Cucumber consumption is gradually increasing worldwide, as is its diversification. The emergence of specialties such as mini-cucumbers is adding value to this vegetable, which is becoming more and more appealing as it adapts to emerging consumer trends and profiles. An example of this is the EasyQs mini-cucumbers from the company Enza Zaden, which weigh between 80 and 150 grams and are ideal for smaller family units, providing a longer shelf life and an extra-crisp texture.
“This is a cucumber concept which first started to become successful in the United States, and in the last 5 to 6 years it has achieved great growth in Europe. In the beginning, sales were driven mainly by Middle Eastern communities, as it is a traditional product in these markets, but now it is starting to reach the shelves of many European supermarket chains also,” says María del Carmen Manjón, of Enza Zaden Spain.
“The production has grown quite a bit in the last two years and continues to grow as the demand increases in Europe, although it is true that conventional Dutch-type cucumbers are also growing and are not losing market share. According to data from the 2019/2020 season, mini-cucumber sales in Germany increased by 27% in terms of volume, while expenditure grew by around 34%. This product is currently being promoted in the UK, where EasyQs are ideal for small sandwich portions. Many supermarkets sell conventional cucumber pieces cut and wrapped with film, and the current pressure from society to eliminate plastic is giving this concept an opportunity,” says María del Carmen.
The Spanish company Ecoinver, based in Almeria, is the main producer of EasyQs mini-cucumbers (accounting for around 40% of Europe’s total production), for which they launched their own brand last year: MiniGu.
“Although it was difficult to introduce this concept at the beginning, we began to see a gradual increase of sales four years ago after investing in infrastructure, to the point where we managed to account for half of the total volume in Europe,” says Ismael Segura, CEO of Ecoinver. “There were no large chains involved, but we went step by step, aiming to prevent market saturation and keeping volumes as stable as possible. Now, more and more producers are introducing these varieties, but we remain the main producers. The trust from large European chains has led us to launch our own brand MiniGu last year and this year we will also have organic production.”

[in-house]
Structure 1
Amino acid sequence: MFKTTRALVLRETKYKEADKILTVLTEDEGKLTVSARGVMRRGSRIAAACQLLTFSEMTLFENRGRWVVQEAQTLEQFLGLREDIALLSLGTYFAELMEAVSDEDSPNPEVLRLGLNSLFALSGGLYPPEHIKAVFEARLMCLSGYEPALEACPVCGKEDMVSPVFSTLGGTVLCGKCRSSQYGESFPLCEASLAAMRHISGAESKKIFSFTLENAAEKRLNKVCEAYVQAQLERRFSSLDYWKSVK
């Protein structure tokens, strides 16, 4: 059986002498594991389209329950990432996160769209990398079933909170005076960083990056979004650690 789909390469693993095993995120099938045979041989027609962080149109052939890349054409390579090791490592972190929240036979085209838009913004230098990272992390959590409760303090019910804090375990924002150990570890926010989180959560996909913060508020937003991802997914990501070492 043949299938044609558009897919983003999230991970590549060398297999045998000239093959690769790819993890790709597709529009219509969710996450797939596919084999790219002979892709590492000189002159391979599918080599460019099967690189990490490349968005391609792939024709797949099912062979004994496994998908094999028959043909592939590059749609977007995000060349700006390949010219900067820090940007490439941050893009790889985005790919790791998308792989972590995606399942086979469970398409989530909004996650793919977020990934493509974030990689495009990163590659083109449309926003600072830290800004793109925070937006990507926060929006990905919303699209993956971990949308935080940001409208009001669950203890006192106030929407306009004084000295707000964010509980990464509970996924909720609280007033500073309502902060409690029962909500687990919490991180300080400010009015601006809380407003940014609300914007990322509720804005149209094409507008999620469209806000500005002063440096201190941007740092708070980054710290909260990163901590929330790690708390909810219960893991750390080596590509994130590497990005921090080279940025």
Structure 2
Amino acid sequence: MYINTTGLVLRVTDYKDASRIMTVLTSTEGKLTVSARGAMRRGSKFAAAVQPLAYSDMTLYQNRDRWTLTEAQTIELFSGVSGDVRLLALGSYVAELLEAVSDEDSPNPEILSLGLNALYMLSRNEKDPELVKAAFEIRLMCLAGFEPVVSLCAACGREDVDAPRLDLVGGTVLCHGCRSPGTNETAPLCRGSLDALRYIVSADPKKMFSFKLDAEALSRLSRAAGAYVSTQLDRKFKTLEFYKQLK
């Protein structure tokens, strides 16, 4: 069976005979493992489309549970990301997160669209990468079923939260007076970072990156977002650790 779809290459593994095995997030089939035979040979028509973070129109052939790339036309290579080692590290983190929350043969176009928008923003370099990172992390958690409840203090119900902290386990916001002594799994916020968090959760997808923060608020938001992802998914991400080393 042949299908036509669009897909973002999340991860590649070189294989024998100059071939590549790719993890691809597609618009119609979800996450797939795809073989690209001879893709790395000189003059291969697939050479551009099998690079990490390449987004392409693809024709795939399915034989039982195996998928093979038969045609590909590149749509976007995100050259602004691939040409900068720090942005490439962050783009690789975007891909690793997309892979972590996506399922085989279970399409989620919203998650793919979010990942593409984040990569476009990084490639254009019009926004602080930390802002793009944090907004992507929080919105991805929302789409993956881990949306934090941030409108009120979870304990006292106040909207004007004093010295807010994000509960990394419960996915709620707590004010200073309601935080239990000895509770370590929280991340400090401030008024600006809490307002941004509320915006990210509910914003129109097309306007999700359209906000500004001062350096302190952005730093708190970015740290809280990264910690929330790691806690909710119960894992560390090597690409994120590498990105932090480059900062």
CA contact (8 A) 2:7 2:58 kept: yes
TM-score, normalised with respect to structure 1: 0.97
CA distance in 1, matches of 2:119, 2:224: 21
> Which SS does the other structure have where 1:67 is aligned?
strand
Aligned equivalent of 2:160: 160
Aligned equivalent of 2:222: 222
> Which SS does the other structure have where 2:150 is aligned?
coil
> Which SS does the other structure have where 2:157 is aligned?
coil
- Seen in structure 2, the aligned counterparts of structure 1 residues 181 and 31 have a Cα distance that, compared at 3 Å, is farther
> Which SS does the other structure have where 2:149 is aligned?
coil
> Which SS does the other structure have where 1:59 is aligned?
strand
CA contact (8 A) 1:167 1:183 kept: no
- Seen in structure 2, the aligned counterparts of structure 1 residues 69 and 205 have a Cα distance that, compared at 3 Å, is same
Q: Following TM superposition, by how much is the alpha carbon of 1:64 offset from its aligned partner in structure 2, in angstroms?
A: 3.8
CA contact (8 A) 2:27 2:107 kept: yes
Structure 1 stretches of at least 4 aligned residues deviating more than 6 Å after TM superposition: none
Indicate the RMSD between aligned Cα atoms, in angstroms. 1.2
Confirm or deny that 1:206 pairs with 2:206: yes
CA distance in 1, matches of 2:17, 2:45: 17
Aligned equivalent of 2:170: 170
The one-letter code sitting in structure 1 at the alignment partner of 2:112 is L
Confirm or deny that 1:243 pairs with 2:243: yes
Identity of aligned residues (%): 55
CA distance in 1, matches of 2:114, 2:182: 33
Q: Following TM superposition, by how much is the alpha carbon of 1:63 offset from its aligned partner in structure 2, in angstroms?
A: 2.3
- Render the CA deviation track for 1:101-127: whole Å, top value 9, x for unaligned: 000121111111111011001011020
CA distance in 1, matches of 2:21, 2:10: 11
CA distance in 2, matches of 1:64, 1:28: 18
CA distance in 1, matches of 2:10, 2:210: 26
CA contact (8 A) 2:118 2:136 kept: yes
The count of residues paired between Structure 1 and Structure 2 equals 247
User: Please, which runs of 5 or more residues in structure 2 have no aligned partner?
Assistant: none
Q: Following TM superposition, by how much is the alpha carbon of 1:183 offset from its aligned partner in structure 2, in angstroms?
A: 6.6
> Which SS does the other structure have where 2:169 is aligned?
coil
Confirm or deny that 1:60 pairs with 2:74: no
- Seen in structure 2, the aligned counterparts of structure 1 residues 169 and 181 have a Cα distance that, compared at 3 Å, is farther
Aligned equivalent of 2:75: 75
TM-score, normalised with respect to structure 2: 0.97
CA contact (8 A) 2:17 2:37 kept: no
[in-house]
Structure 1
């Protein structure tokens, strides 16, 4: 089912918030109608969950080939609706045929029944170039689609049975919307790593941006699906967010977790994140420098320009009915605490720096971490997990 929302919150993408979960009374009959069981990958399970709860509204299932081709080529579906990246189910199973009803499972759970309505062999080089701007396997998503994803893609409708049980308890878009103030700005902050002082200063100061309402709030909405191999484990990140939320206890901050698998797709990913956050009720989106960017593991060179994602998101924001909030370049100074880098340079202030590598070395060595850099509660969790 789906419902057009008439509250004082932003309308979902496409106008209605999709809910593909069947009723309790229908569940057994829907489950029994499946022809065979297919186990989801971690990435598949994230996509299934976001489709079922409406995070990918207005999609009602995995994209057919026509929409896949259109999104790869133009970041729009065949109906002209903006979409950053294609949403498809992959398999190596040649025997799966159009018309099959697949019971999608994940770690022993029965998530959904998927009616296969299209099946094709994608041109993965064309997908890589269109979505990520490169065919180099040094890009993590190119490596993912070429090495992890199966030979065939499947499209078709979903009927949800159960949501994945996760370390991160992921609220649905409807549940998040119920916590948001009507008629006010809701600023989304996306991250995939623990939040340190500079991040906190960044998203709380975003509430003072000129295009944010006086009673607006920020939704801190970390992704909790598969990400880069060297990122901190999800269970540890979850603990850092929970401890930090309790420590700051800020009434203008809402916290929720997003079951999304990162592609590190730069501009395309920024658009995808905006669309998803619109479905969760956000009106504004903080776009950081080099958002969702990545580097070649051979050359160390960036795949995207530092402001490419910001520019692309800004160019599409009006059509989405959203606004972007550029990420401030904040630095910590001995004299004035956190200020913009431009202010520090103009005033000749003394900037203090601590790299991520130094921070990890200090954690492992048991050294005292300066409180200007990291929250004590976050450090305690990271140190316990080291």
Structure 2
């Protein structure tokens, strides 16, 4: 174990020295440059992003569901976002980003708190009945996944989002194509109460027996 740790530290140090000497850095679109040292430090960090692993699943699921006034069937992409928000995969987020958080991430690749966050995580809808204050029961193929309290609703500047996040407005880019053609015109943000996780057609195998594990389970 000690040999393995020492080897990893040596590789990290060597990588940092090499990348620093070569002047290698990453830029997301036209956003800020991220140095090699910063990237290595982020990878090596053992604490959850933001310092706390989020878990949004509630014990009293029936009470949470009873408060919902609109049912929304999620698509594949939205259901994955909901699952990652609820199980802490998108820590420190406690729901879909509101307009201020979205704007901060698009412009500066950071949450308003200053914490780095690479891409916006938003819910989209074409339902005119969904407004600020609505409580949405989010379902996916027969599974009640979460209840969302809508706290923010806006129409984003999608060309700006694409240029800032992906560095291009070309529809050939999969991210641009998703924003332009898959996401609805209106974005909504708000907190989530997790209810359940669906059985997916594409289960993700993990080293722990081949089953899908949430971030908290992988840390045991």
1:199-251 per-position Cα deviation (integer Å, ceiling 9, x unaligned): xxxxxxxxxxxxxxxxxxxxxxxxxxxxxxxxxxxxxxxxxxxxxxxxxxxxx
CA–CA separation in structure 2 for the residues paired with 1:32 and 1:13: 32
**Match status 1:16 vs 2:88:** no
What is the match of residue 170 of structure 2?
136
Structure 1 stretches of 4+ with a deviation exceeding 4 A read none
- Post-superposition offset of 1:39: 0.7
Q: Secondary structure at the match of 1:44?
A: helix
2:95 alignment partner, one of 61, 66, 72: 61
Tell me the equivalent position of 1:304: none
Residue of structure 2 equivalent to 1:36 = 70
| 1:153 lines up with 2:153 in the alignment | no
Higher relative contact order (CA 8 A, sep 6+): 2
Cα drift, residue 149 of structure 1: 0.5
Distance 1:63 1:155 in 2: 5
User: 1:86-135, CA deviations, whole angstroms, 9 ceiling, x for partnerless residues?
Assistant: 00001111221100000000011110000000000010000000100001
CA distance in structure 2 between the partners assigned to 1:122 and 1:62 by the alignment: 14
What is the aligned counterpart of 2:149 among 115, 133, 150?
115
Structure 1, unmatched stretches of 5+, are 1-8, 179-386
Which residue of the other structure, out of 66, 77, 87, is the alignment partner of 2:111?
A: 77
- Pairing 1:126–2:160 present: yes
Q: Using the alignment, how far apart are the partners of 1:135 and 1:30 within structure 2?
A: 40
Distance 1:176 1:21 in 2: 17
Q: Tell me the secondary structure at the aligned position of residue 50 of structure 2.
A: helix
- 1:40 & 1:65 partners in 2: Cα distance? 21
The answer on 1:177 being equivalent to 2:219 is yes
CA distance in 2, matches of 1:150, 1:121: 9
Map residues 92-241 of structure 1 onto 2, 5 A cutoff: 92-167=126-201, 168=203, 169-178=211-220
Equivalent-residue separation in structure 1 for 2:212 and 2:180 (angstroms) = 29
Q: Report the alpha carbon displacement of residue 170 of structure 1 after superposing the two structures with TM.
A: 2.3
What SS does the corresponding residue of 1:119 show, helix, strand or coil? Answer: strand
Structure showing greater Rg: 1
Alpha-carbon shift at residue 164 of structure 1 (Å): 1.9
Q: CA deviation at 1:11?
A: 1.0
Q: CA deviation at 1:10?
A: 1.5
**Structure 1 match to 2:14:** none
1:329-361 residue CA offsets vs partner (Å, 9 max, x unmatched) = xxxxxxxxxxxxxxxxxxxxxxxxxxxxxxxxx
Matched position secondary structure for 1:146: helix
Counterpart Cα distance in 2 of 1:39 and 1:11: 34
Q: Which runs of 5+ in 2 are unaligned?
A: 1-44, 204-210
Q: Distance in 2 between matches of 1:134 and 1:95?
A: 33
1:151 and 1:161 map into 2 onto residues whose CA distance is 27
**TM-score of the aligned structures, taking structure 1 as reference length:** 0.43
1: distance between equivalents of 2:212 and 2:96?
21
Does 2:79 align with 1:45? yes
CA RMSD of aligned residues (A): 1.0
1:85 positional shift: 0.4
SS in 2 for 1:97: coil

According to Ismael Segura, the producers who plant EasyQs are happy with them thanks to the stability of prices. “Unlike conventional cucumbers, of which there are large volumes planted, there are no sudden changes in market prices. Due to the growth in production, we are starting to see some curves, but we can safely say that it is a stable product. Due to its added value, prices are more stable than those of the Dutch cucumber, although it is a more labor-intensive product.”
According to María del Carmen, another of the strengths of the EasyQs mini-cucumber range is that by having four different varieties, a 12-month production period can be covered in any of its growing areas. “We are also working on improving resistance to diseases such as the New Delhi and on ensuring that the plants have increasingly higher quality.”
“The population continues to grow and with it also the consumption of fresh food. Since the pandemic broke out, people have been taking better care of themselves and buying more healthy food. In such a situation, the demand for vegetables in general tends to grow, and this also applies to cucumbers. In Spain, too, it has taken us a few years to introduce them, but they are now increasingly present on the shelves. Their potential in the coming years is very promising,” says Ismael Segura.